(Or is it the silence of his Reshi that has finally found its way inside him?)

(Can silence be this cold?)

He then hears a low, distant rumble of thunder echoing from the endless skies, and grits his teeth against the change in the air.

(He is being foolish, again. Foolish and furious).

(It is only a storm).

The concept of storms is one Bast is already familiar with; and he welcomes it with the ease of one who would greet Death itself like a faithful friend. There is no reason for Bast not to welcome storm - this old enemy - like an honoured guest, veiling their distant feuds with a cloak of chattering singsong. So there he goes again, prancing and dancing; and one who sees over glamour and hears over twittering may sing along to the tact of clattering hooves,

Holy crumbs -
Here it comes!
Ash and elm -
Quick, a helm'!

Hush, be merry,
Helps you tonight
Through brontide!

His voice rings so bright and proud against that awful, rising wind and the hungry rumble of Tehlu's belly that Bast feels almost like himself again.

Here and there, scattered holly berries follow his way as he runs down the dirt road. True red. Red as blood, as lust, as flickering flames.

The town grows no hollies.

There is a slow, withering heartbeat oozing through the walls in the Waystone, and Bast hears it from afar. He halts.

Yesterday, the beating of that drum had also been slow, but steady. It was getting stronger, it truly was. After years, years of hard and sometimes fruitless labour, it was getting better.

He should not have left!

Reshi is fragile like a doll, or like a piece of ancient furniture. One cannot just grab the former, play with it, then leave it behind, lying around like some dirty sheet. One cannot just push the latter through to the other side of the room without leaving a dark mark on the floor.

Bast has been selfish and careless. No, worse: he's been stupid! He should not have left.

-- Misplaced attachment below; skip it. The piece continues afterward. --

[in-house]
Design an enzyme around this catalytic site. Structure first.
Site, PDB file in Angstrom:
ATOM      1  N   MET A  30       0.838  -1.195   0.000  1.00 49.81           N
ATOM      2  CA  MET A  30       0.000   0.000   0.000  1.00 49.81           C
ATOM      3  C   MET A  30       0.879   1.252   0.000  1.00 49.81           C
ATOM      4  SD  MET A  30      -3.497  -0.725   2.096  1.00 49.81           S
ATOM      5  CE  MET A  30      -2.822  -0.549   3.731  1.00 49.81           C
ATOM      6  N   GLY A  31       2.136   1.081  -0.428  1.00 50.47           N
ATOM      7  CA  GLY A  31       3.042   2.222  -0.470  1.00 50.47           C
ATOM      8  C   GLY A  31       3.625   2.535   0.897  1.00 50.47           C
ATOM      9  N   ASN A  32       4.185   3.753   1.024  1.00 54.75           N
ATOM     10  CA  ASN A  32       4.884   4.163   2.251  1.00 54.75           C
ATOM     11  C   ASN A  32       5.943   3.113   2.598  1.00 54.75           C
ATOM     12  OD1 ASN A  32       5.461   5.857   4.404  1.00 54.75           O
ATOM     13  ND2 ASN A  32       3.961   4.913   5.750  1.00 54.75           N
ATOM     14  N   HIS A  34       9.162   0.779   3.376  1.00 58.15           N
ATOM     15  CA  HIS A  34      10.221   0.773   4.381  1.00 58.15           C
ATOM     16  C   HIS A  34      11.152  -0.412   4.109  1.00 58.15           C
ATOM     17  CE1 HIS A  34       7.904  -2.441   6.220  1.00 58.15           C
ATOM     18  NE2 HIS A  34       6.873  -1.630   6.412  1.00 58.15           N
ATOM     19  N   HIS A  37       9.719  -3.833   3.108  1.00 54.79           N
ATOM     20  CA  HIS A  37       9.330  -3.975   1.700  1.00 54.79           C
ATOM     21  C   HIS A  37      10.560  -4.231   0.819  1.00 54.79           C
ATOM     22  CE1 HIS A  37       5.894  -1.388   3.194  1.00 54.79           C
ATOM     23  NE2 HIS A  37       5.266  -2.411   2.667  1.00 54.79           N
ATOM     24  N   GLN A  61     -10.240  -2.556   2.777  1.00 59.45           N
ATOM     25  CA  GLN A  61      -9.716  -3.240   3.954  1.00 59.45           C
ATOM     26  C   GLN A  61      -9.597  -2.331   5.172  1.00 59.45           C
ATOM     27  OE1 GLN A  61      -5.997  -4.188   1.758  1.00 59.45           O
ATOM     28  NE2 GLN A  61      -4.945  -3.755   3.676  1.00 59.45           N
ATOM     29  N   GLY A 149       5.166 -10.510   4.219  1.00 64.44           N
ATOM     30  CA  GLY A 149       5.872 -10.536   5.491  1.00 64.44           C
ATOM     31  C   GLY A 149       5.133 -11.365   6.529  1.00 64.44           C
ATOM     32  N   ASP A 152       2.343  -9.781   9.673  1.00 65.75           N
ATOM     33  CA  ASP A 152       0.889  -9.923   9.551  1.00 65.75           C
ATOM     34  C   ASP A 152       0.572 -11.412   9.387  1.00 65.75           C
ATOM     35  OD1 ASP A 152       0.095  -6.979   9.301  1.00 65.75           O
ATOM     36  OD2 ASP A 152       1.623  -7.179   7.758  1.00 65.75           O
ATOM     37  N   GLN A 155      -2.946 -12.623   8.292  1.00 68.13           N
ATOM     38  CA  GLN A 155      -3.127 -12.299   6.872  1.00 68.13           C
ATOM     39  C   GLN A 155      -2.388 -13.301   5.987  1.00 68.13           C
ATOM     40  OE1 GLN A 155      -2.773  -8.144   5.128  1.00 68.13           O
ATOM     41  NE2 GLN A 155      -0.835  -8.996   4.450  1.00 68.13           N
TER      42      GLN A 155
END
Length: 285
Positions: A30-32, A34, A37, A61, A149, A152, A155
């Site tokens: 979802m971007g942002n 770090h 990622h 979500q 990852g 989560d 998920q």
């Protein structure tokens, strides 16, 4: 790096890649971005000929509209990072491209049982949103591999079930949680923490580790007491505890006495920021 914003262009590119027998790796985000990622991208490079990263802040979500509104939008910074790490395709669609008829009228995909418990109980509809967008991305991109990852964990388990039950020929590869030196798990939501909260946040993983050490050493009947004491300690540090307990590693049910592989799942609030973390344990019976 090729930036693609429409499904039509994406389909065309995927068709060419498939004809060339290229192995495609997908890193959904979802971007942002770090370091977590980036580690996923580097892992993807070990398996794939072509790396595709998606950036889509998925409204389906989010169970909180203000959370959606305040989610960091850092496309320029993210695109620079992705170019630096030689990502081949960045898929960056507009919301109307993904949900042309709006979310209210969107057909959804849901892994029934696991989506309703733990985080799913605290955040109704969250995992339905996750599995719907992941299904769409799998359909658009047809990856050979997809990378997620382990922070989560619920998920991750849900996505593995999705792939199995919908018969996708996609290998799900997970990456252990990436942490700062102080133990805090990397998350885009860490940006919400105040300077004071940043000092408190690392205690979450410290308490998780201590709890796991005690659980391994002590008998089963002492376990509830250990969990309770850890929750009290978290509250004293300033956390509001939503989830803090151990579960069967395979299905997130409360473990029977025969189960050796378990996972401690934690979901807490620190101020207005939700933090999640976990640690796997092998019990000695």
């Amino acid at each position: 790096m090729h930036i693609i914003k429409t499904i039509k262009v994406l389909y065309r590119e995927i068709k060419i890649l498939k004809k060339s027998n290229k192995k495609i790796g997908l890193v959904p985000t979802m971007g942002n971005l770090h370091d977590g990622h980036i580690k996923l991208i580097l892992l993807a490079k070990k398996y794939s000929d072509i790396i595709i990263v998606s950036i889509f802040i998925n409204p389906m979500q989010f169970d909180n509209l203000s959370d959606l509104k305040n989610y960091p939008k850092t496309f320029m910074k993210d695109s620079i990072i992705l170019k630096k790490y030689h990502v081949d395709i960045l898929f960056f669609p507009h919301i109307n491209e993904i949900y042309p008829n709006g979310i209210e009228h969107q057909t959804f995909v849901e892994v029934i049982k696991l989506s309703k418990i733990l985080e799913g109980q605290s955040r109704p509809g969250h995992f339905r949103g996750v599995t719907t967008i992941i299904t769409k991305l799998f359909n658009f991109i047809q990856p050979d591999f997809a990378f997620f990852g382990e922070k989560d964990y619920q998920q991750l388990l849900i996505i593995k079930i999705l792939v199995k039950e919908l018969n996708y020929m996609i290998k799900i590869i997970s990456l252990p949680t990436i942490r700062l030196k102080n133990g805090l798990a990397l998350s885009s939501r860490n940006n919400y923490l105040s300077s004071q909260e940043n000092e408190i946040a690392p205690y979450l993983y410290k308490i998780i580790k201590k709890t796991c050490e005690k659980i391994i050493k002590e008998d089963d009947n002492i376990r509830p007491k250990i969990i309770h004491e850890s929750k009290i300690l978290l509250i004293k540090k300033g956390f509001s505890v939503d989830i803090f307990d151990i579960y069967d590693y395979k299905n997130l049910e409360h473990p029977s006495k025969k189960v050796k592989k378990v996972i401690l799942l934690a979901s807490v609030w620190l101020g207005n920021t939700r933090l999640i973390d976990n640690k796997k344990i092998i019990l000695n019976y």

Reshi is a fairly dangerous manling, and as he fades, part of him grows even more erratic.

Glammourie has always held Bast's careful attention, as the subtlest, the most delicate, the most amusing art he knows. Its rules are simple and strict but the implications vast and various, leaving more than enough space for that particular shard of Bast's personality he calls wandering creativity, and Reshi labels as blind insanity. He takes wild delight in the art of seeming, silencing his true soul and nature.

Sometimes, the Fae in him is silent as the shadows of the dead, thin and insubstantial as the last puffs of morning fog on a sunny spring day, fragile and ephemeral like circles on the water. Those times, he looks at his hands, his knees, his feet, the rise and fall of his bare chest. He watches the course of blood underneath ivory skin, he wonders at the way his muscles tighten and loosen as he raises an arm in a greeting unlooked-for; and what he sees are toys. Tools. Instruments of his mind's desire. Bastas, son of Remmen in the form of a human: a form tattered with leather rings and unconditional service. Yet even if he had hooves or scales or feather wings, the heart that pumps the blood through that borrowed body, the mind that pulls the strings, the grinning master of puppets would still remain Bastas, son of Remmen, Prince of Twilight and the Telwyth Mael, and one of the Fae.

That is the essential of glammourie. And Reshi, hard, seasoned, experienced and foolish as he is, tends to forget that. Reshi is no more an innkeeper than Bast a human being; yet his act is so thoroughly deep, so capturing, so authentically natural than everyone instantly falls for it. Including sometimes Bast.

Including Reshi himself.

It must have something to do with him being Ruh, Bast often thinks. He cannot claim to entirely understand what being Ruh means, but he did notice several curious things in Reshi's behaviour. How picking up roles, attitudes and personalities comes as easily to him as breathing. How he makes a habit of keeping an eye on people, storing their words and facial expressions only to use them later in an appropriate situation, pulling on the most spectacular act the world has ever seen; and uses all that only to converse about the weather when someone interrupts their lesson. Uses all that only to negotiate the price of ink or salt a bit downwards when a tinker passes by.